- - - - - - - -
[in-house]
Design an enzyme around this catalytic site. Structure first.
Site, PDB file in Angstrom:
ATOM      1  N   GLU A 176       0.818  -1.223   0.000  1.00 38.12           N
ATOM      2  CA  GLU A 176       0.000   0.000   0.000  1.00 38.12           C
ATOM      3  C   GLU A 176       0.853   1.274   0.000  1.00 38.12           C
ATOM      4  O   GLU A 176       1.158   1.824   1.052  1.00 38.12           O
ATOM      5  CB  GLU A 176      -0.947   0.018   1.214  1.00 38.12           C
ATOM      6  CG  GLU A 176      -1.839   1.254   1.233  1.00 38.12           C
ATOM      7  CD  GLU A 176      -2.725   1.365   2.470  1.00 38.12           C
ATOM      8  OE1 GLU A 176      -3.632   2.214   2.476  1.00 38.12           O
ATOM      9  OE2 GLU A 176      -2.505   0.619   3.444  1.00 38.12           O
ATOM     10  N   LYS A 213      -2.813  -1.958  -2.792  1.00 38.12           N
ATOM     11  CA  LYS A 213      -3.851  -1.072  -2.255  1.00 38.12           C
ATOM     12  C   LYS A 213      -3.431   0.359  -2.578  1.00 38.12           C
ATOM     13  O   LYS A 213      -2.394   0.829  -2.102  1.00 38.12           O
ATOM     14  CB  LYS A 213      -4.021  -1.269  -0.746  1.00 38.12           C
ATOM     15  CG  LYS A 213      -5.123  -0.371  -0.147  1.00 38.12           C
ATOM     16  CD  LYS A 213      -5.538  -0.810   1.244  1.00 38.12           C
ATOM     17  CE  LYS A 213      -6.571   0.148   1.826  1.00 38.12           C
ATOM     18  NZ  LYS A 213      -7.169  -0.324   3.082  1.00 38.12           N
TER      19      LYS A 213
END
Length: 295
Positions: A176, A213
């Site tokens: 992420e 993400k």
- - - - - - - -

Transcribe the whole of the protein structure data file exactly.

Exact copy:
[in-house]
Design an enzyme around this catalytic site. Structure first.
Site, PDB file in Angstrom:
ATOM      1  N   GLU A 176       0.818  -1.223   0.000  1.00 38.12           N
ATOM      2  CA  GLU A 176       0.000   0.000   0.000  1.00 38.12           C
ATOM      3  C   GLU A 176       0.853   1.274   0.000  1.00 38.12           C
ATOM      4  O   GLU A 176       1.158   1.824   1.052  1.00 38.12           O
ATOM      5  CB  GLU A 176      -0.947   0.018   1.214  1.00 38.12           C
ATOM      6  CG  GLU A 176      -1.839   1.254   1.233  1.00 38.12           C
ATOM      7  CD  GLU A 176      -2.725   1.365   2.470  1.00 38.12           C
ATOM      8  OE1 GLU A 176      -3.632   2.214   2.476  1.00 38.12           O
ATOM      9  OE2 GLU A 176      -2.505   0.619   3.444  1.00 38.12           O
ATOM     10  N   LYS A 213      -2.813  -1.958  -2.792  1.00 38.12           N
ATOM     11  CA  LYS A 213      -3.851  -1.072  -2.255  1.00 38.12           C
ATOM     12  C   LYS A 213      -3.431   0.359  -2.578  1.00 38.12           C
ATOM     13  O   LYS A 213      -2.394   0.829  -2.102  1.00 38.12           O
ATOM     14  CB  LYS A 213      -4.021  -1.269  -0.746  1.00 38.12           C
ATOM     15  CG  LYS A 213      -5.123  -0.371  -0.147  1.00 38.12           C
ATOM     16  CD  LYS A 213      -5.538  -0.810   1.244  1.00 38.12           C
ATOM     17  CE  LYS A 213      -6.571   0.148   1.826  1.00 38.12           C
ATOM     18  NZ  LYS A 213      -7.169  -0.324   3.082  1.00 38.12           N
TER      19      LYS A 213
END
Length: 295
Positions: A176, A213
């Site tokens: 992420e 993400k």